Forensic Imaginary: Glen Canyon

From the Series: Ecologies of War

"white mesa burden" by Teresa Montoya, 2021.

The Glen Park baseball field sits on the site of the destroyed dynamite factory and is surrounded by eucalyptus trees planted for industry. Photo by Leah Zani.

The ruin of America’s first high explosives factory is in Glen Canyon, an urban park in San Francisco. The Giant Powder Works exploded in November 1869 after only eighteen months of producing the new explosive: dynamite. The blast was shockingly powerful—far more powerful than the black powder familiar to California gold mining. A local newspaperman described a factory “torn to hundreds of pieces . . . the entire works are a wreck, the only things left being the planks of the buildings scattered about the place.”

I asked Evelyn Rose, PharmD, clinical pharmacist, local historian, and founder of the Glen Park Neighborhoods History Project, to show me what remained of the wreck. Evelyn has made it her life’s work to document the history of her neighborhood. I asked for Evelyn’s help to imagine the powder works as they might have been.

As if proving the power of dynamite, there was little left for Evelyn to show me. We met at the park Friday before work and, as the sun peeled off the fog of early morning, we examined remnants from the explosion. Evelyn had curated a few of the “hundreds of pieces” in a shadow box with little printed labels by each item.

“This is a piece of redwood that was probably used in the original building construction. You can see the original dovetail . . .”

There’s another fragment of curved wood from a vessel. Lots of molten glass. Scorched rocks. Molten lead chunks. No piece larger than my hand. It slowly dawned on me that she found these items by herself.

“Did you dig these up?”

“Oh, no, the gophers dug this up! I was just lucky.”

I was impressed by her attention to the land. No archaeologist has made a study of the site. A recent remodel of the recreation center plowed through any remaining structures in the soil. Evidence of explosions are fragile; they are evidence of the absence of a thing. In militarized ecologies—where destruction layers upon destruction and debris is repurposed into everyday life—our ruins are also destroyed. Now, the playground sits atop the flattened factory.

I found it difficult to hold the place in my mind: to visualize the factory and its destruction layered together. It was a thaumatrope—two images that I must spin until they combine. This feeling of two-at-once is a common feature of explosivity and militarized landscapes.

Evelyn handed me a clipboard with her recreated map of the manufactory superimposed over satellite imagery. I held her map out in front of me, trying to place the destroyed buildings into the park scene: the manufactory would have been parallel to the tennis courts, and roughly double in size. Two tanks drank up water from the creek for cooling the nitroglycerin. Next to the recreation center there stood the pack house and drying house for the sticks of dynamite. Where the baseball diamond is today, the chemist lived in his cottage. Beyond that, the Chinese workers lived on-site in a small building labelled “shanty.” Two workers died and seven others were seriously injured in the explosion that destroyed the factory.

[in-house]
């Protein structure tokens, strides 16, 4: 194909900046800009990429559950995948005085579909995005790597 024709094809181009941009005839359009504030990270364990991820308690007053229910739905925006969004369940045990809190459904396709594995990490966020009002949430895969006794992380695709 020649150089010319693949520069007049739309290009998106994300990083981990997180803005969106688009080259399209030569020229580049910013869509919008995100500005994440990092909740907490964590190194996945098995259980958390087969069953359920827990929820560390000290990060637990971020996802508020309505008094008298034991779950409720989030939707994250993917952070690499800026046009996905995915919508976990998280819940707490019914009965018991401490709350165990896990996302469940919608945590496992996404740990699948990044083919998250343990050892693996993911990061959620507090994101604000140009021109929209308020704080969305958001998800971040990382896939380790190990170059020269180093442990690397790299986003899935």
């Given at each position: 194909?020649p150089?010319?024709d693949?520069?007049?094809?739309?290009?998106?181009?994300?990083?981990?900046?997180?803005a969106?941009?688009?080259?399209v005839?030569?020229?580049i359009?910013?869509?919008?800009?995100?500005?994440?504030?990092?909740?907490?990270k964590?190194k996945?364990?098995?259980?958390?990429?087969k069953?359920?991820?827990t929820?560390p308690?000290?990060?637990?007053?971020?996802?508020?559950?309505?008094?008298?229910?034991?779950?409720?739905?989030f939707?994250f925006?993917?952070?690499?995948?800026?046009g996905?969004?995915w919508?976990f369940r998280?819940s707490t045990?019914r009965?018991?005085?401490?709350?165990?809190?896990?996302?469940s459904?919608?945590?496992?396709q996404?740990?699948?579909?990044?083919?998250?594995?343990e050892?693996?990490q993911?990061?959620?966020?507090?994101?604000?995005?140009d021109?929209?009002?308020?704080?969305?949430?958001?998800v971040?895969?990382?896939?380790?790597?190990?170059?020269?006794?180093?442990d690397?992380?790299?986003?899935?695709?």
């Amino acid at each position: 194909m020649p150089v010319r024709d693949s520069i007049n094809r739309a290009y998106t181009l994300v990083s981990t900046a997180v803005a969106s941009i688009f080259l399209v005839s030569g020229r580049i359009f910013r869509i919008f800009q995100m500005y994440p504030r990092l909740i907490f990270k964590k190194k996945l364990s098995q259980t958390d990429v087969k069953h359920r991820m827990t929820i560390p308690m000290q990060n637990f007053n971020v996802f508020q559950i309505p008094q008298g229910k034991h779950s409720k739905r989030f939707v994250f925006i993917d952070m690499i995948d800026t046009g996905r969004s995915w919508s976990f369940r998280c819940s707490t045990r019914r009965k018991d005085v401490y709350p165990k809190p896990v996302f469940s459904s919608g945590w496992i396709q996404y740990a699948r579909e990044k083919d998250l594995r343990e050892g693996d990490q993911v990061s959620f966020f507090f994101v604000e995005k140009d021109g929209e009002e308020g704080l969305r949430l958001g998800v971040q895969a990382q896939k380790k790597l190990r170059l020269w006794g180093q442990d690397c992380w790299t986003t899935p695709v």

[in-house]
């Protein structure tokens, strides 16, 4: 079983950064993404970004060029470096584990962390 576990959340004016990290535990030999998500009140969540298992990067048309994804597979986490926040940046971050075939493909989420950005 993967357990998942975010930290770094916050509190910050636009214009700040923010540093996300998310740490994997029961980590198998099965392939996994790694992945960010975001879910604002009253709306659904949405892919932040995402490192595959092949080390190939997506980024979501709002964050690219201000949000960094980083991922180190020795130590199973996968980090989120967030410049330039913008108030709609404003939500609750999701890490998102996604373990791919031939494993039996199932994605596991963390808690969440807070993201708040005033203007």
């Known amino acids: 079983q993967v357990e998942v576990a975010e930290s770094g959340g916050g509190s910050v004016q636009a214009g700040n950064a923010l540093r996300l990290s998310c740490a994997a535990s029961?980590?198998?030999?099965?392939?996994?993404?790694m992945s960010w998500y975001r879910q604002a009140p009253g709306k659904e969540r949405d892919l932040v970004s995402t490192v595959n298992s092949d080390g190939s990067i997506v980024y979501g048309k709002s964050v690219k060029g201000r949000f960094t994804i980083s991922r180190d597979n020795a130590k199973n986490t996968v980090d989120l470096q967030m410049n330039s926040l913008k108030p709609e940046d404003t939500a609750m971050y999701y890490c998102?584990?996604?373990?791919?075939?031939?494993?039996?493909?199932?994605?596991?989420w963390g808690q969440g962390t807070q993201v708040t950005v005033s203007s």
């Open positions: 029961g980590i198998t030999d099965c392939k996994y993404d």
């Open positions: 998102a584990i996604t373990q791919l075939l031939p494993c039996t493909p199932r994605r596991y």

I looked up and saw eucalyptus dense around the baseball field and recreation center. The trees were planted in the 1880s and early 1910s as a source of timber. The canyon walls served as a natural buffer against explosions. Trees still clustered at the entrance of the canyon. Beyond the eucalypts, the canyon sloped up into golden chaparral blemished by large lichen-covered rocks.

“The whole area was just dairy farms and wilderness at the time the factory was here.” Evelyn pointed up slope to the chaparral beyond the trees. “There would have been very few trees, then; the forest came later, planted. That’s what this whole area was like in the old photographs.”

The two of us were engaged in forensic mapping (or reclamation, or maybe demilitarization) to recover the blast site beneath the baseball field. I was not sure what this practice meant to Evelyn, but to me it was an ethical practice of re-storying history and reclaiming the ground of my childhood. I grew up in the San Francisco Bay Area without ever knowing its history of explosives manufacturing.

There are no photographs of the factory proper. Evelyn sent me an old black-and-white photo that showed a nearby part of the canyon as it looked in 1891. The hillsides ruffled with grasses and flowers in an irregular pattern that looked very foreign from the parkland of today. The long stalks of something like wheat bent in clumps, blurred, to show the power of the wind. There were pale flowers, perhaps irises. There were no trees. The hills were scarred by roads and fences and rock outcroppings (those I recognized) and the small black shapes of people on the roads, looking like thin, leafless trees rooted because there was no clear reason why they were there or where they were going. Every person, fence, and thing looked as if it had been placed there, told to stay put, and then abandoned. There was nothing to do: the only building had no visible doors and an empty smokestack. The creek through the canyon was dammed. It was a scene of morose inactivity, a purgatory hard to imagine. The hills disappeared into billows of white, clouds textured in waves, and it looked as if the sea had risen to devour them.

These field visits, maps, and photographs are how I hold the thaumatrope in my mind. Our forensic imaginary—to imagine things that destroy themselves—to look over the edge of violence while still holding ourselves to this life.